It’s such a thought provoking question and got me thinking about the days where I doubt my writing and I doubt my purpose. I realized that any thoughts I have had about my writing being too personal were from a place of fear – fear of people thinking I’m wrong; fear of people thinking I’m unjustified; fear of being judged. And when I allow myself to move past that hesitation, I discover that writing and posting on this blog best serves the growth of my soul and best serves the state of my mind. In the end it doesn’t matter if I’m judged because this is for me.

Unless you are new here, you probably know that I have three little people who depend on me; I am their one and only mom. And my main goal from the beginning of all of this was to be able to function in a capacity so that my children don’t feel like they lost their mom – especially because I am still here. But I realize that in order to be the mom that they need me to be, I have to recover myself as well.

Writing helps me rediscover and redefine who I am since my accident. It helps me to cope with my journey. And, like I said before, the process of preparing a post helps me to organize the most important of my thoughts and emotions. And when I post something, I can let those thoughts and emotions go for a while because I’ve given them space and resolve (well…at least for the moment).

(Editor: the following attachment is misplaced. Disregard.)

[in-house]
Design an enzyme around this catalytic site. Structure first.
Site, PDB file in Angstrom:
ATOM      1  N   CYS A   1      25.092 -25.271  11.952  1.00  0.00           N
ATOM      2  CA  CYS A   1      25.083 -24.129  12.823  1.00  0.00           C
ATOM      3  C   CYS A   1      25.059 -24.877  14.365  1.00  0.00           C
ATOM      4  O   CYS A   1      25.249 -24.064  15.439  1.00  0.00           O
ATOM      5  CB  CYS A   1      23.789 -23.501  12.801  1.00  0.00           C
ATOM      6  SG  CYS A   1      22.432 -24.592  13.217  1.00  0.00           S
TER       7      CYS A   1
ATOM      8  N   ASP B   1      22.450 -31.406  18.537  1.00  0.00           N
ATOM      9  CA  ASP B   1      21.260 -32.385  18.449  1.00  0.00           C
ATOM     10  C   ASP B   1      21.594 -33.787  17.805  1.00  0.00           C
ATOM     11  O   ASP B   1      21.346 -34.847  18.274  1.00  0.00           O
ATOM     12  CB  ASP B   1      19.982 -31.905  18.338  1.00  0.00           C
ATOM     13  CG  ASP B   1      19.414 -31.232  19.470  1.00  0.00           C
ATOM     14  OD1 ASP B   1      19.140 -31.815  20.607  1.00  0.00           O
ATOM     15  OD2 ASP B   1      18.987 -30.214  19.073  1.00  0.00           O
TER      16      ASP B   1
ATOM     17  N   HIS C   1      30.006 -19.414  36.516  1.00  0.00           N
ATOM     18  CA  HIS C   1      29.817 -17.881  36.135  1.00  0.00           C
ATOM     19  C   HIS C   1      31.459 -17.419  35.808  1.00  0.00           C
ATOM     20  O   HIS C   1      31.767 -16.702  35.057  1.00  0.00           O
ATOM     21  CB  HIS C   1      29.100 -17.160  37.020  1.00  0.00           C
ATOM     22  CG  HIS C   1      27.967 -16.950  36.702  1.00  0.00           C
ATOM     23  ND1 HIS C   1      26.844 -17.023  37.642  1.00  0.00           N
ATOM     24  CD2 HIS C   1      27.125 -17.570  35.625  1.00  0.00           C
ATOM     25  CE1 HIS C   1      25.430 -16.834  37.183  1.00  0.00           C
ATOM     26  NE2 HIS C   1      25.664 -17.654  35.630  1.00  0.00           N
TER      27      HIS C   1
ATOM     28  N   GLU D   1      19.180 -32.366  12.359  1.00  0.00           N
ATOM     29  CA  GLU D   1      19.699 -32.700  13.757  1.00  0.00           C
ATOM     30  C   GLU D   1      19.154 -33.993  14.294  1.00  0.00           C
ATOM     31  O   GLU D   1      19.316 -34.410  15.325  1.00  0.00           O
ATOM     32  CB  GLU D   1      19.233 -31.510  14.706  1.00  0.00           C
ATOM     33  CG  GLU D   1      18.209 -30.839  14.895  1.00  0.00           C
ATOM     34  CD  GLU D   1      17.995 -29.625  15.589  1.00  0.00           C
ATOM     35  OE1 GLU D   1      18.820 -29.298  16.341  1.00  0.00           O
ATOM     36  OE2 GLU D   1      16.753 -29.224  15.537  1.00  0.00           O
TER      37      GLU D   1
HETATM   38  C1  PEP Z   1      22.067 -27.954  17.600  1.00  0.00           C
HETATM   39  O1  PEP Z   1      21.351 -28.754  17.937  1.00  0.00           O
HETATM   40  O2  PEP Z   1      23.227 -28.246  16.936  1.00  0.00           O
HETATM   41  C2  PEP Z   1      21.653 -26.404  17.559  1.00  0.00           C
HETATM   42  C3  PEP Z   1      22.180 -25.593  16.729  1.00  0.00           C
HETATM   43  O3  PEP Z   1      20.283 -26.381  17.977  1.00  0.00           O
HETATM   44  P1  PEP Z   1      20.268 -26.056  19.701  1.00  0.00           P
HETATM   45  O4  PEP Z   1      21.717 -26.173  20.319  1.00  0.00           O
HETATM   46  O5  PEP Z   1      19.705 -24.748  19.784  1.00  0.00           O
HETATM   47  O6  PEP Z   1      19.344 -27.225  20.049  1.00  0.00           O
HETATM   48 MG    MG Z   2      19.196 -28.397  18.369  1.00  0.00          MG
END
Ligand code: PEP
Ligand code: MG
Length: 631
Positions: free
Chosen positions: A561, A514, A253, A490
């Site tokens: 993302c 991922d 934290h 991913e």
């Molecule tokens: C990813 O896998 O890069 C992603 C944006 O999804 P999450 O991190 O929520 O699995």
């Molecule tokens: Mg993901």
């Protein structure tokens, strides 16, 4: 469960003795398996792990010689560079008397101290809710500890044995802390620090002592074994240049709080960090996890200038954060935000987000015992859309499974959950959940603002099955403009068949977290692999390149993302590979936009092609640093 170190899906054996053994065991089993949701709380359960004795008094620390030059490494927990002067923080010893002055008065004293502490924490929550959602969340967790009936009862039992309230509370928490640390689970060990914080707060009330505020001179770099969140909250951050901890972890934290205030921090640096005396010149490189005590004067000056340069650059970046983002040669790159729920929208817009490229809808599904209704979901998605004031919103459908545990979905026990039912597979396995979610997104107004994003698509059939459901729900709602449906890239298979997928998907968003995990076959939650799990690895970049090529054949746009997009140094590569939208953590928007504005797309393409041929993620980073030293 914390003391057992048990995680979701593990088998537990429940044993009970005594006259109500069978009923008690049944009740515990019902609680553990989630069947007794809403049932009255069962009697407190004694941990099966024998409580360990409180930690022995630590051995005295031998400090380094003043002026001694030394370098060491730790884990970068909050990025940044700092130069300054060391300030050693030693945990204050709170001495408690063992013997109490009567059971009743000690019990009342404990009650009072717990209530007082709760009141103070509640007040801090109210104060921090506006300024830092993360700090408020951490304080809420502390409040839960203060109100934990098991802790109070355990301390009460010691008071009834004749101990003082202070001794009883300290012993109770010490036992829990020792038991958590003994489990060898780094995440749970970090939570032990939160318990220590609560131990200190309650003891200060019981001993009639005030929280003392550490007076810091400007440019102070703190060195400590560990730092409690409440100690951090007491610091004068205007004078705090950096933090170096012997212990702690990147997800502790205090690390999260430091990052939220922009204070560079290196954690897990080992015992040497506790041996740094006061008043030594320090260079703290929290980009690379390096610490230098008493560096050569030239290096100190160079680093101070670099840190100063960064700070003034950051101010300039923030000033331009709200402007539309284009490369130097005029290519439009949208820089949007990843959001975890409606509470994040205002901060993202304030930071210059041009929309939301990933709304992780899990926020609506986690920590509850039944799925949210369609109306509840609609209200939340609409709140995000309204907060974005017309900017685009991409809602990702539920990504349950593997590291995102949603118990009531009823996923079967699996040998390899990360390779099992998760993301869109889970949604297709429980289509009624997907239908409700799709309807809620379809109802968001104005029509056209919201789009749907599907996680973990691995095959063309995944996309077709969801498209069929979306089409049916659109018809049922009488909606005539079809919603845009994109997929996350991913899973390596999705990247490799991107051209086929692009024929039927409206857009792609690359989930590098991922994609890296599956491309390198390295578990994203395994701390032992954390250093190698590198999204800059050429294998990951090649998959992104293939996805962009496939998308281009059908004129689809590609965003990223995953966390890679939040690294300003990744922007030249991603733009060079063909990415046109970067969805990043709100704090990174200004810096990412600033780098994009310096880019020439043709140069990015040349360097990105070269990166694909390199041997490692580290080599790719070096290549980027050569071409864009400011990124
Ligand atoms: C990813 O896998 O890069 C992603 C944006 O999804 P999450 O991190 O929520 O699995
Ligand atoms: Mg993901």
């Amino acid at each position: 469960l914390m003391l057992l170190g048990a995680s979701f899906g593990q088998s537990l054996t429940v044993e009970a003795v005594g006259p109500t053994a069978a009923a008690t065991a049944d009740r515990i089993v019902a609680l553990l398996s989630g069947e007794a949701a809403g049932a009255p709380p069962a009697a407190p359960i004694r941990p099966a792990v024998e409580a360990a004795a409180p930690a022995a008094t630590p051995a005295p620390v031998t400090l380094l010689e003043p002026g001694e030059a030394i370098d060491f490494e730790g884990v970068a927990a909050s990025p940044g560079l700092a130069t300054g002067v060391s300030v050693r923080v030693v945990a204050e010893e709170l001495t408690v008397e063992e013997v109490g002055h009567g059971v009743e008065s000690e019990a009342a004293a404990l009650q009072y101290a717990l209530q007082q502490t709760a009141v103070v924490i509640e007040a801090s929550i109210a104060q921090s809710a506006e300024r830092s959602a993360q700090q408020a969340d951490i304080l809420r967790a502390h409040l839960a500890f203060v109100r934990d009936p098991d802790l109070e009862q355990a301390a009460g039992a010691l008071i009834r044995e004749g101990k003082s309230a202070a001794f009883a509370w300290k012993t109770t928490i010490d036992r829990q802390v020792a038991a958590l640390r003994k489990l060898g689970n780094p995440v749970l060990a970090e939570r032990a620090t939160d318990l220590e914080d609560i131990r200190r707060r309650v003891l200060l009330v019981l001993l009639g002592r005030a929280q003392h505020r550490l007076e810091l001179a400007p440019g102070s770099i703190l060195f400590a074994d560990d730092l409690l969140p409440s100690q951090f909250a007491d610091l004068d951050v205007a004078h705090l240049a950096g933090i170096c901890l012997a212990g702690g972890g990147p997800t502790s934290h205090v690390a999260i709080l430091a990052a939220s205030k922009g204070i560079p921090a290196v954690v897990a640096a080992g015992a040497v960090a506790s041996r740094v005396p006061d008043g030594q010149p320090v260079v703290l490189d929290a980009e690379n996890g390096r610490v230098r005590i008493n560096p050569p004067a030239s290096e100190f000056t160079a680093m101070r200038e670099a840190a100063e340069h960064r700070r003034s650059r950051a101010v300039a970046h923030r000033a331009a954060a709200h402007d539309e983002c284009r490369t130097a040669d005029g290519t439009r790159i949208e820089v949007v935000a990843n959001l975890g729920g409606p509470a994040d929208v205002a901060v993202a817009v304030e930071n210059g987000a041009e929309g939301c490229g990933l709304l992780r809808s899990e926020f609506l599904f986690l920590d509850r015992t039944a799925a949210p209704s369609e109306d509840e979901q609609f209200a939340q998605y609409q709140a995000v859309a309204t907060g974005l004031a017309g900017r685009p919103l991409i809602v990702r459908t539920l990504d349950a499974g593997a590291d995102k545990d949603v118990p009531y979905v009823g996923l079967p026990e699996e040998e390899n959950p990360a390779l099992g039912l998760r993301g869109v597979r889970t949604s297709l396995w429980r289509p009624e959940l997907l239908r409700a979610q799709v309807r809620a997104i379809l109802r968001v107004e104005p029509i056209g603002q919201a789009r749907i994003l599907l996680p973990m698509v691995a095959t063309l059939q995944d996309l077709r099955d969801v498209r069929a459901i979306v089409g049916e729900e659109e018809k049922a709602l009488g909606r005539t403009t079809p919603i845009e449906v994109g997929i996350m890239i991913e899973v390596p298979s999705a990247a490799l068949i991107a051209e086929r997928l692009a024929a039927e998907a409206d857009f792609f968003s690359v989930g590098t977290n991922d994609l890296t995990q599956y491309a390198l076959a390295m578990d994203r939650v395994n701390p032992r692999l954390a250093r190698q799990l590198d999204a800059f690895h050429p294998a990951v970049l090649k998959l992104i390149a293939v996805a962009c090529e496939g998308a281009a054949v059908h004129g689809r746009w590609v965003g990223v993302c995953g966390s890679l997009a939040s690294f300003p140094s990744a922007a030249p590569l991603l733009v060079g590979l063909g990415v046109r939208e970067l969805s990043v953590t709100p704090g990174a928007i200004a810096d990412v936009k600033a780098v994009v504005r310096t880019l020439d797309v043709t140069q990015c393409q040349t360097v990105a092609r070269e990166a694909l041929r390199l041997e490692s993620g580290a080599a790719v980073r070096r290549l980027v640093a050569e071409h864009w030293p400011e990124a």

There are many posts I have written that I have not gone back to read yet. However I recently went back for the first time and read my post “Remembering Her” which was very personal and tough to write. I read it as I sat in my kitchen, alone, with tears streaming down my face because it all still rings so true to me. I remember that I was so caught up in the post as I was writing it and I could think of nothing else until I published it here. It was incredibly difficult to take my mind to those places, but the sense of freedom I experienced after I posted it was like nothing else.

I think it would be ignorant of me not to admit that blogging was helping me grow – gg papa-3helping me cope. It would be a huge step in the wrong direction for me to stop sharing. The cathartic release I get from this process is unlike anything else I have tried. And while there are definitely pitfalls to putting myself out there, I think the benefits far surpass them. And at (almost) 30 years old I’ve discovered that this girl needs to write…even if nobody reads it.